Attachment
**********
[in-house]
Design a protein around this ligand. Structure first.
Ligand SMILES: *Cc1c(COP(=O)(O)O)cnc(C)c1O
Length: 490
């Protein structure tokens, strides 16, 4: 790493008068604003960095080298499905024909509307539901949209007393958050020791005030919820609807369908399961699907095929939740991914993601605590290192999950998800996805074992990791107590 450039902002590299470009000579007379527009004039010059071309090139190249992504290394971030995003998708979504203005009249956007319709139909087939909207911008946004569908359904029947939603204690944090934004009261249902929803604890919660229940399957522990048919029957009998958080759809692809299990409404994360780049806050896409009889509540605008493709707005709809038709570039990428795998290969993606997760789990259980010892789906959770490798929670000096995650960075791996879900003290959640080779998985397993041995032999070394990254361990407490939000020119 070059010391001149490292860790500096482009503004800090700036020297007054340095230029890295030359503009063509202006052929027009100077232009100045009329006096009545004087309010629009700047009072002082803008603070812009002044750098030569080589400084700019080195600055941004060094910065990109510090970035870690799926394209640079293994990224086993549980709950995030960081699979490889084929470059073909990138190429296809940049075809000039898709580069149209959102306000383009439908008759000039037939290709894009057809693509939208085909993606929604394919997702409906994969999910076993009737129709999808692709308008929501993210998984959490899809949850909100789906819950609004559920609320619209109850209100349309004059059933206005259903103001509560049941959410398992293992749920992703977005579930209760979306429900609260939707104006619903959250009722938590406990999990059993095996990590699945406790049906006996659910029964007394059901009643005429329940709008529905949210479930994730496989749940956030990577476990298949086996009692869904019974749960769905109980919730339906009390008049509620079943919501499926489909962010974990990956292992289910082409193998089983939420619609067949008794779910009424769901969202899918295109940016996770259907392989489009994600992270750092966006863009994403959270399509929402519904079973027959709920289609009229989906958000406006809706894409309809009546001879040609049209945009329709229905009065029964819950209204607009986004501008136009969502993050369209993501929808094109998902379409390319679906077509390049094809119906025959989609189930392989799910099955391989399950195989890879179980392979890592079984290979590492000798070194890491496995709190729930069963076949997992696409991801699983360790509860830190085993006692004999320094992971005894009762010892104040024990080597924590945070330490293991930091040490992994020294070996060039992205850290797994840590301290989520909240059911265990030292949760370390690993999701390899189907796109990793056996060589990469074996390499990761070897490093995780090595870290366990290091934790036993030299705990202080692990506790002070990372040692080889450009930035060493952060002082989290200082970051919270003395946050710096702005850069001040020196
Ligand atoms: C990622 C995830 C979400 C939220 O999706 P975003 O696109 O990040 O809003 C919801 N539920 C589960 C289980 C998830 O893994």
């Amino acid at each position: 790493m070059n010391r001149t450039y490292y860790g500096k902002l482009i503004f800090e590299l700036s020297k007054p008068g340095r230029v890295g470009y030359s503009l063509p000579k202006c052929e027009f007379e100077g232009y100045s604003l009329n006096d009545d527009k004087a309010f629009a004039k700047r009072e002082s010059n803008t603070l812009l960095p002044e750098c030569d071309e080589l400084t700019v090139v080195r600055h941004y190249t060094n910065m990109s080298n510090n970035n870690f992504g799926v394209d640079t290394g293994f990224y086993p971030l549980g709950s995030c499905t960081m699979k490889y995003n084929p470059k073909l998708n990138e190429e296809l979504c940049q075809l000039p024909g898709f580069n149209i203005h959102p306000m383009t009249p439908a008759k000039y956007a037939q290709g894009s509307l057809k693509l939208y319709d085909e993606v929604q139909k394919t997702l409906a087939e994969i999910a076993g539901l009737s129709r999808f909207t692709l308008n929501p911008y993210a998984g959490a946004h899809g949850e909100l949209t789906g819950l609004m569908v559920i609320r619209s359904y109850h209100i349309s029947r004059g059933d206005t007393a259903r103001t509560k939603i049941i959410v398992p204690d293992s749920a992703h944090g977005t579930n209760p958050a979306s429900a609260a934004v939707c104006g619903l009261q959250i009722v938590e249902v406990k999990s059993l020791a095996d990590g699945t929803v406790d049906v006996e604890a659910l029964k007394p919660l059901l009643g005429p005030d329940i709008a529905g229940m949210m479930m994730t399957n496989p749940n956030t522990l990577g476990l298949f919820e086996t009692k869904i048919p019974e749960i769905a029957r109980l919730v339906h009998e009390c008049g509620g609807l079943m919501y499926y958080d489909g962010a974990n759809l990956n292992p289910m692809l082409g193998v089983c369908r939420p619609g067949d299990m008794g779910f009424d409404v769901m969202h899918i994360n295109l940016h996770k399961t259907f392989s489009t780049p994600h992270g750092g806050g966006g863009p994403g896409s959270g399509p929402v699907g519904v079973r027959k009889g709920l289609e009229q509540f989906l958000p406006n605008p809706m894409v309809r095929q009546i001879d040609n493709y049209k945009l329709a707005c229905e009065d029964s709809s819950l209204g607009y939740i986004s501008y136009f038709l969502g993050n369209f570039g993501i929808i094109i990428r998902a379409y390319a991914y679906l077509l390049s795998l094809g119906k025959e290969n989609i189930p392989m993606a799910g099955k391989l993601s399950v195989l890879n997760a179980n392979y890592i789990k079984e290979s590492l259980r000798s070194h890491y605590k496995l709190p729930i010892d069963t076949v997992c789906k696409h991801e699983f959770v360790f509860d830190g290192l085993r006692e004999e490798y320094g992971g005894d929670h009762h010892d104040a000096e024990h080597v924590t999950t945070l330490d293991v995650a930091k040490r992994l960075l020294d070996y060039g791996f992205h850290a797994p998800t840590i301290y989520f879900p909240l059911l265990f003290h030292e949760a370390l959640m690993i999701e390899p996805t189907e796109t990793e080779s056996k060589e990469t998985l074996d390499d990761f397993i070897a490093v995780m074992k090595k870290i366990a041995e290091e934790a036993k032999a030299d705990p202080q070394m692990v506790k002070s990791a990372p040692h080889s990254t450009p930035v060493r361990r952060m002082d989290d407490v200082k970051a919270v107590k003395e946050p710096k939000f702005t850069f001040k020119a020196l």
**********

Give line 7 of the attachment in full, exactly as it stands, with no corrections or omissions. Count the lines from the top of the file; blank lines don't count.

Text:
């Amino acid at each position: 790493m070059n010391r001149t450039y490292y860790g500096k902002l482009i503004f800090e590299l700036s020297k007054p008068g340095r230029v890295g470009y030359s503009l063509p000579k202006c052929e027009f007379e100077g232009y100045s604003l009329n006096d009545d527009k004087a309010f629009a004039k700047r009072e002082s010059n803008t603070l812009l960095p002044e750098c030569d071309e080589l400084t700019v090139v080195r600055h941004y190249t060094n910065m990109s080298n510090n970035n870690f992504g799926v394209d640079t290394g293994f990224y086993p971030l549980g709950s995030c499905t960081m699979k490889y995003n084929p470059k073909l998708n990138e190429e296809l979504c940049q075809l000039p024909g898709f580069n149209i203005h959102p306000m383009t009249p439908a008759k000039y956007a037939q290709g894009s509307l057809k693509l939208y319709d085909e993606v929604q139909k394919t997702l409906a087939e994969i999910a076993g539901l009737s129709r999808f909207t692709l308008n929501p911008y993210a998984g959490a946004h899809g949850e909100l949209t789906g819950l609004m569908v559920i609320r619209s359904y109850h209100i349309s029947r004059g059933d206005t007393a259903r103001t509560k939603i049941i959410v398992p204690d293992s749920a992703h944090g977005t579930n209760p958050a979306s429900a609260a934004v939707c104006g619903l009261q959250i009722v938590e249902v406990k999990s059993l020791a095996d990590g699945t929803v406790d049906v006996e604890a659910l029964k007394p919660l059901l009643g005429p005030d329940i709008a529905g229940m949210m479930m994730t399957n496989p749940n956030t522990l990577g476990l298949f919820e086996t009692k869904i048919p019974e749960i769905a029957r109980l919730v339906h009998e009390c008049g509620g609807l079943m919501y499926y958080d489909g962010a974990n759809l990956n292992p289910m692809l082409g193998v089983c369908r939420p619609g067949d299990m008794g779910f009424d409404v769901m969202h899918i994360n295109l940016h996770k399961t259907f392989s489009t780049p994600h992270g750092g806050g966006g863009p994403g896409s959270g399509p929402v699907g519904v079973r027959k009889g709920l289609e009229q509540f989906l958000p406006n605008p809706m894409v309809r095929q009546i001879d040609n493709y049209k945009l329709a707005c229905e009065d029964s709809s819950l209204g607009y939740i986004s501008y136009f038709l969502g993050n369209f570039g993501i929808i094109i990428r998902a379409y390319a991914y679906l077509l390049s795998l094809g119906k025959e290969n989609i189930p392989m993606a799910g099955k391989l993601s399950v195989l890879n997760a179980n392979y890592i789990k079984e290979s590492l259980r000798s070194h890491y605590k496995l709190p729930i010892d069963t076949v997992c789906k696409h991801e699983f959770v360790f509860d830190g290192l085993r006692e004999e490798y320094g992971g005894d929670h009762h010892d104040a000096e024990h080597v924590t999950t945070l330490d293991v995650a930091k040490r992994l960075l020294d070996y060039g791996f992205h850290a797994p998800t840590i301290y989520f879900p909240l059911l265990f003290h030292e949760a370390l959640m690993i999701e390899p996805t189907e796109t990793e080779s056996k060589e990469t998985l074996d390499d990761f397993i070897a490093v995780m074992k090595k870290i366990a041995e290091e934790a036993k032999a030299d705990p202080q070394m692990v506790k002070s990791a990372p040692h080889s990254t450009p930035v060493r361990r952060m002082d989290d407490v200082k970051a919270v107590k003395e946050p710096k939000f702005t850069f001040k020119a020196l």